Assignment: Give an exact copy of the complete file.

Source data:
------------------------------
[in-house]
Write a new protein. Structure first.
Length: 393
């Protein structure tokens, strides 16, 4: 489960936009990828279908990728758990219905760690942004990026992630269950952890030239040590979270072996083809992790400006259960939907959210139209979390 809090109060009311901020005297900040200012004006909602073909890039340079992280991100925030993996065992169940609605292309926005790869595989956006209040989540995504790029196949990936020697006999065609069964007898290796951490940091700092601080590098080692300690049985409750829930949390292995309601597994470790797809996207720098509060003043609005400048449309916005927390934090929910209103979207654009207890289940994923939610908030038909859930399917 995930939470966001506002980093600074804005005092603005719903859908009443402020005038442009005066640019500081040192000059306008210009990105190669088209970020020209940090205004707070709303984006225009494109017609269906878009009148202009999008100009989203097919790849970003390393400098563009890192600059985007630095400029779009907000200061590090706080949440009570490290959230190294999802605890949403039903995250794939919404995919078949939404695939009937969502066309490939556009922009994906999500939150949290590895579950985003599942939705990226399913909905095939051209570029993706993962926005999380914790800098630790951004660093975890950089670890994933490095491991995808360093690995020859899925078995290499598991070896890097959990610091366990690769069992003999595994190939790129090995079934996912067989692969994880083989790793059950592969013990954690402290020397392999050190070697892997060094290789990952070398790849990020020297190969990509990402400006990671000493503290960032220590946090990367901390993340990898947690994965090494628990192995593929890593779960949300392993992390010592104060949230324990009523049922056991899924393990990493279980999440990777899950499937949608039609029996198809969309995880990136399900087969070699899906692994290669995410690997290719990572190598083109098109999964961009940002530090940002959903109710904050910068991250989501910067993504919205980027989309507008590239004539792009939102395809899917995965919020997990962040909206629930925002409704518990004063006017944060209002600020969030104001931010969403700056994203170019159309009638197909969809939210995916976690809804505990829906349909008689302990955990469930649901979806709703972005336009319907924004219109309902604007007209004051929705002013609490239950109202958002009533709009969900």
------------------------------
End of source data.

[in-house]
Write a new protein. Structure first.
Length: 393
């Protein structure tokens, strides 16, 4: 489960936009990828279908990728758990219905760690942004990026992630269950952890030239040590979270072996083809992790400006259960939907959210139209979390 809090109060009311901020005297900040200012004006909602073909890039340079992280991100925030993996065992169940609605292309926005790869595989956006209040989540995504790029196949990936020697006999065609069964007898290796951490940091700092601080590098080692300690049985409750829930949390292995309601597994470790797809996207720098509060003043609005400048449309916005927390934090929910209103979207654009207890289940994923939610908030038909859930399917 995930939470966001506002980093600074804005005092603005719903859908009443402020005038442009005066640019500081040192000059306008210009990105190669088209970020020209940090205004707070709303984006225009494109017609269906878009009148202009999008100009989203097919790849970003390393400098563009890192600059985007630095400029779009907000200061590090706080949440009570490290959230190294999802605890949403039903995250794939919404995919078949939404695939009937969502066309490939556009922009994906999500939150949290590895579950985003599942939705990226399913909905095939051209570029993706993962926005999380914790800098630790951004660093975890950089670890994933490095491991995808360093690995020859899925078995290499598991070896890097959990610091366990690769069992003999595994190939790129090995079934996912067989692969994880083989790793059950592969013990954690402290020397392999050190070697892997060094290789990952070398790849990020020297190969990509990402400006990671000493503290960032220590946090990367901390993340990898947690994965090494628990192995593929890593779960949300392993992390010592104060949230324990009523049922056991899924393990990493279980999440990777899950499937949608039609029996198809969309995880990136399900087969070699899906692994290669995410690997290719990572190598083109098109999964961009940002530090940002959903109710904050910068991250989501910067993504919205980027989309507008590239004539792009939102395809899917995965919020997990962040909206629930925002409704518990004063006017944060209002600020969030104001931010969403700056994203170019159309009638197909969809939210995916976690809804505990829906349909008689302990955990469930649901979806709703972005336009319907924004219109309902604007007209004051929705002013609490239950109202958002009533709009969900």